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New research suggests the placebo effect may be responsible for the benefits of microdosing. microgen/Getty Images
  • Taking microdoses of psychedelic drugs for their possible mental health benefits has been growing in popularity.
  • Research investigating the medical value of microdosing has been inconclusive.
  • Now, researchers at Imperial College London (ICL) in the United Kingdom have introduced a novel control mechanism into such investigations.
  • The ICL researchers identified a strong placebo effect in the perceived benefits of psychedelic microdosing.

Although psychedelic substances remain illegal in most places, a number of people have been microdosing with them in the hopes of achieving psychiatric benefits. These doses are too small — under 10% of a standard dose two or three times per week — to achieve perceptible psychedelic effects.

Early research has been ambiguous regarding the medical value of microdosing. One international survey found that 44% of participants self-reported improvements in their mental health. Another saw no definitive effect but suggested a possible role for microdosing in people experiencing mental health problems.

Now, a new study from ICL researchers suggests a placebo effect is behind the confusion.

Lead author Dr. Balázs Szigeti says, “Anecdotal reports about the benefits of microdosing are almost certainly biased by the placebo effect.”

The study appears in the journal eLife.

Since studies of psychedelic microdosing rely so heavily on self-reporting, previous researchers have had to draw conclusions without the benefit of having a control group to check for placebo effects.

The researchers at ICL worked out a mechanism designed to overcome this study limitation.

The study was conducted online with 191 individuals who were already microdosing psychedelics for their mental well-being.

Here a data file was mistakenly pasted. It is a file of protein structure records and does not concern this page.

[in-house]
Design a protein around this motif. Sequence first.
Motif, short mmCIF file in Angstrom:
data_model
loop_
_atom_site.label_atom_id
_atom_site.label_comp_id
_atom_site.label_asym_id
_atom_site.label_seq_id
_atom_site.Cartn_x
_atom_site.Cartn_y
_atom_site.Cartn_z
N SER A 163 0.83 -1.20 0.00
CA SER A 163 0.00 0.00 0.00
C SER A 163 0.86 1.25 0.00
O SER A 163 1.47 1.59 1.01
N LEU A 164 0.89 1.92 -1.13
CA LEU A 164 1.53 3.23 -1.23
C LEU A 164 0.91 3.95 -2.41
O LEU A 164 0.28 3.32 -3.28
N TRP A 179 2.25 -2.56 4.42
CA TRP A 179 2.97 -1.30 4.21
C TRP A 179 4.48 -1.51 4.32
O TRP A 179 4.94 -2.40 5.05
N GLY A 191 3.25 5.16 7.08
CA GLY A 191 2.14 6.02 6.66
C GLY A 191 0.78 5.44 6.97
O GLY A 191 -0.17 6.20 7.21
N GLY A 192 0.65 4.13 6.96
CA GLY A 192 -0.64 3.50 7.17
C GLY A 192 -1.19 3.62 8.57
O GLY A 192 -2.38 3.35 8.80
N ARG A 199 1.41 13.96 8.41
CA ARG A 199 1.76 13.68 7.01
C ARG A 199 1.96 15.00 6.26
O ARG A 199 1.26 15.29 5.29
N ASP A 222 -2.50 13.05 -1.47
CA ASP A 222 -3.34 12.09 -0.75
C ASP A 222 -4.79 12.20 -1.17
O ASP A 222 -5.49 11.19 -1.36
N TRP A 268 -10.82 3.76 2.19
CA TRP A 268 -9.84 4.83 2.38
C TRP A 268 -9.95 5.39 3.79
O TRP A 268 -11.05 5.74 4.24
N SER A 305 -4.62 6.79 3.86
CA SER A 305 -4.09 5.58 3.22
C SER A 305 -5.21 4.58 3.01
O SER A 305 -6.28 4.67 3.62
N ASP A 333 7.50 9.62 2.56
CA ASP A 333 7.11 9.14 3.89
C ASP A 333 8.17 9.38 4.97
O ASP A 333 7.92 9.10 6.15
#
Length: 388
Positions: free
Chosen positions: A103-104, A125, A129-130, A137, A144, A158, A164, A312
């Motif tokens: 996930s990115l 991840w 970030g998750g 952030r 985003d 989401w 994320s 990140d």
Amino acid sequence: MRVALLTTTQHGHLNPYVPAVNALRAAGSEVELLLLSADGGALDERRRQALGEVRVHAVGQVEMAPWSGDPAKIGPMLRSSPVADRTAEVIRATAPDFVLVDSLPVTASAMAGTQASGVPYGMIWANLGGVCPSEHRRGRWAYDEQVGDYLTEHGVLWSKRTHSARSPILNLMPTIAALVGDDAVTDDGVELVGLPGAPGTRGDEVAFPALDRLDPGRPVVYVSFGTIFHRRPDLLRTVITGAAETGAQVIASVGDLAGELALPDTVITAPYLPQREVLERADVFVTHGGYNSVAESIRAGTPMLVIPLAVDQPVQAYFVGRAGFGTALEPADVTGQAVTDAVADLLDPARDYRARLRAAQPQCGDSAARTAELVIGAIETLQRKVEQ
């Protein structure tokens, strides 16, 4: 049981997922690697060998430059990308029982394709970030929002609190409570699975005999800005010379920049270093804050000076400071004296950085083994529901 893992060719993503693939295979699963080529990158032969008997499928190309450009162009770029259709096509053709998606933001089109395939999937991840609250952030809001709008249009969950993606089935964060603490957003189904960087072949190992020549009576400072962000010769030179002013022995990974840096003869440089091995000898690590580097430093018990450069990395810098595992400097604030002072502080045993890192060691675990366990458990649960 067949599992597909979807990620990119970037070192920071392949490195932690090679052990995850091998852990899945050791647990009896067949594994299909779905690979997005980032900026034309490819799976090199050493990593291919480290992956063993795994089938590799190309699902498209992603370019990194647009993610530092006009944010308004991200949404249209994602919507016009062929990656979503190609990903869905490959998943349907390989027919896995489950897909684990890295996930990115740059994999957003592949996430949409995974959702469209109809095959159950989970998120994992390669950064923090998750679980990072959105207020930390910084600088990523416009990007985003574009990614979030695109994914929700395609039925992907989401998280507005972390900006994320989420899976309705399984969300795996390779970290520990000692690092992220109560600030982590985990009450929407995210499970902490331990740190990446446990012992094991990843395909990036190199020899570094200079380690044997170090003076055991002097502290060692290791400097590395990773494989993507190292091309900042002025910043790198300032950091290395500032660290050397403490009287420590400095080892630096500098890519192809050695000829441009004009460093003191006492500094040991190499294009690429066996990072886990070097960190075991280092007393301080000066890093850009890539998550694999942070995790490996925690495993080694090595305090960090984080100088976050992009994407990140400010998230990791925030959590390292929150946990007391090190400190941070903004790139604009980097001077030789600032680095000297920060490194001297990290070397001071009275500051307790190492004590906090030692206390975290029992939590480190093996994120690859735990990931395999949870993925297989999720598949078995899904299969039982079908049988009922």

Researchers guided participants through a procedure where they mixed their psychedelics with identical-looking placebo capsules. The study authors refer to this arrangement as “self-blinding.”

Having mixed the capsules, individuals in the study could not tell whether they were ingesting a psychedelic or a placebo.

The researchers, however, could tell, since each capsule was barcoded so that scanning revealed to them whether it was a placebo or psychedelic.

Consuming capsules over a 4-week period, the participants reported their experiences to the researchers. They were also given online cognitive tasks at various timepoints.

“We have mixed results,” says Dr. Szigeti. He adds:

“On the one hand, we observed microdosing’s benefits in a wide range of psychological measures. On the other hand, we saw equal benefits among participants taking placebos.”

“These findings suggest that the benefits are not due to the drug, but rather due to the placebo-like expectation effects. Many participants who reported that they experienced positive effects while taking the placebo were shocked to learn after the study that they hadn’t been taking the real drug.”

– Lead author Dr. Balázs Szigeti

One benefit of the authors’ methodology is that it captures “real-life” microdosing as the researchers left participants in charge of their own medication schedules.

The scientists caution that insights from online, self-reporting research may ultimately be less reliable than those of a traditional study, even with the self-blinding mechanism employed.

In addition, the authors note that controlling the potency of individuals’ psychedelic substances was impossible since the participants purchased them illegally from black-market sources.

The self-blinding method developed for this study may prove useful — and economically attractive — in other areas of research that rely heavily on self-reporting, according to the senior author of the study, Dr. David Erritzoe.

He says:

“Accounting for the placebo effect is important when assessing trends, such as the use of cannabidiol oils, fad diets, or supplements, where social pressure or users’ expectations can lead to a strong placebo response. Researchers can use self-blinding citizen science initiatives as an inexpensive, initial screening tool before launching expensive clinical studies.”